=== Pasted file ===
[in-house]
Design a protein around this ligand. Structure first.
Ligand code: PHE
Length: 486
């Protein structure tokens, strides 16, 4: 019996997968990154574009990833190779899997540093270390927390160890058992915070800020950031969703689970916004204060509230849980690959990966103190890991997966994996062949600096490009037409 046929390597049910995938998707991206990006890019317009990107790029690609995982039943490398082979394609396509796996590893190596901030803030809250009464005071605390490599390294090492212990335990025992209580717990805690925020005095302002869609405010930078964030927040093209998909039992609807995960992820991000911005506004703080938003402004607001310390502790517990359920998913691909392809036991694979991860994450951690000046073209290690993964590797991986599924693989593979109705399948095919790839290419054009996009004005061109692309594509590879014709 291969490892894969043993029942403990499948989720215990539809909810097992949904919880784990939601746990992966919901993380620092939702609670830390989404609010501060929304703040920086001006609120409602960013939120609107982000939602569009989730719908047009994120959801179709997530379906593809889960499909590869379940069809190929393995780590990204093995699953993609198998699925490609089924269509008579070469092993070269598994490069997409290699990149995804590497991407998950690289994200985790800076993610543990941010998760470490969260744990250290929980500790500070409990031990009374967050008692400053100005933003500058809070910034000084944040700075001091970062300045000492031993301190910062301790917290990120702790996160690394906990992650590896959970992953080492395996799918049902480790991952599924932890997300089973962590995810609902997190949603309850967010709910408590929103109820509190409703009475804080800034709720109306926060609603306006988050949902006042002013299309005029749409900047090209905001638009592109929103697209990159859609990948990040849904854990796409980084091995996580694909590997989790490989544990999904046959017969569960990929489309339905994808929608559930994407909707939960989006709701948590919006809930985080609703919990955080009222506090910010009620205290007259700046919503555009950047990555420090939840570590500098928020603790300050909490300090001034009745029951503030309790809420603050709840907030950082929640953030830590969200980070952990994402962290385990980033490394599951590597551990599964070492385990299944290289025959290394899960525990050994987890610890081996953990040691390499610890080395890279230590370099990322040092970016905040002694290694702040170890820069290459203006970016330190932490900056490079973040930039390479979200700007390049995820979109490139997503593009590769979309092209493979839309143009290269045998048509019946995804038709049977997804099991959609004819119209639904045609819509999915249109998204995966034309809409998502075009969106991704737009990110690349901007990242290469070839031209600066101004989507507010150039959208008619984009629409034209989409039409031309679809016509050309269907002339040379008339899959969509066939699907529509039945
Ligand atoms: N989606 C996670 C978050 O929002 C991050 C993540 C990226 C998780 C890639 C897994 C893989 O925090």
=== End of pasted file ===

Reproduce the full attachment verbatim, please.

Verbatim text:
[in-house]
Design a protein around this ligand. Structure first.
Ligand code: PHE
Length: 486
């Protein structure tokens, strides 16, 4: 019996997968990154574009990833190779899997540093270390927390160890058992915070800020950031969703689970916004204060509230849980690959990966103190890991997966994996062949600096490009037409 046929390597049910995938998707991206990006890019317009990107790029690609995982039943490398082979394609396509796996590893190596901030803030809250009464005071605390490599390294090492212990335990025992209580717990805690925020005095302002869609405010930078964030927040093209998909039992609807995960992820991000911005506004703080938003402004607001310390502790517990359920998913691909392809036991694979991860994450951690000046073209290690993964590797991986599924693989593979109705399948095919790839290419054009996009004005061109692309594509590879014709 291969490892894969043993029942403990499948989720215990539809909810097992949904919880784990939601746990992966919901993380620092939702609670830390989404609010501060929304703040920086001006609120409602960013939120609107982000939602569009989730719908047009994120959801179709997530379906593809889960499909590869379940069809190929393995780590990204093995699953993609198998699925490609089924269509008579070469092993070269598994490069997409290699990149995804590497991407998950690289994200985790800076993610543990941010998760470490969260744990250290929980500790500070409990031990009374967050008692400053100005933003500058809070910034000084944040700075001091970062300045000492031993301190910062301790917290990120702790996160690394906990992650590896959970992953080492395996799918049902480790991952599924932890997300089973962590995810609902997190949603309850967010709910408590929103109820509190409703009475804080800034709720109306926060609603306006988050949902006042002013299309005029749409900047090209905001638009592109929103697209990159859609990948990040849904854990796409980084091995996580694909590997989790490989544990999904046959017969569960990929489309339905994808929608559930994407909707939960989006709701948590919006809930985080609703919990955080009222506090910010009620205290007259700046919503555009950047990555420090939840570590500098928020603790300050909490300090001034009745029951503030309790809420603050709840907030950082929640953030830590969200980070952990994402962290385990980033490394599951590597551990599964070492385990299944290289025959290394899960525990050994987890610890081996953990040691390499610890080395890279230590370099990322040092970016905040002694290694702040170890820069290459203006970016330190932490900056490079973040930039390479979200700007390049995820979109490139997503593009590769979309092209493979839309143009290269045998048509019946995804038709049977997804099991959609004819119209639904045609819509999915249109998204995966034309809409998502075009969106991704737009990110690349901007990242290469070839031209600066101004989507507010150039959208008619984009629409034209989409039409031309679809016509050309269907002339040379008339899959969509066939699907529509039945
Ligand atoms: N989606 C996670 C978050 O929002 C991050 C993540 C990226 C998780 C890639 C897994 C893989 O925090």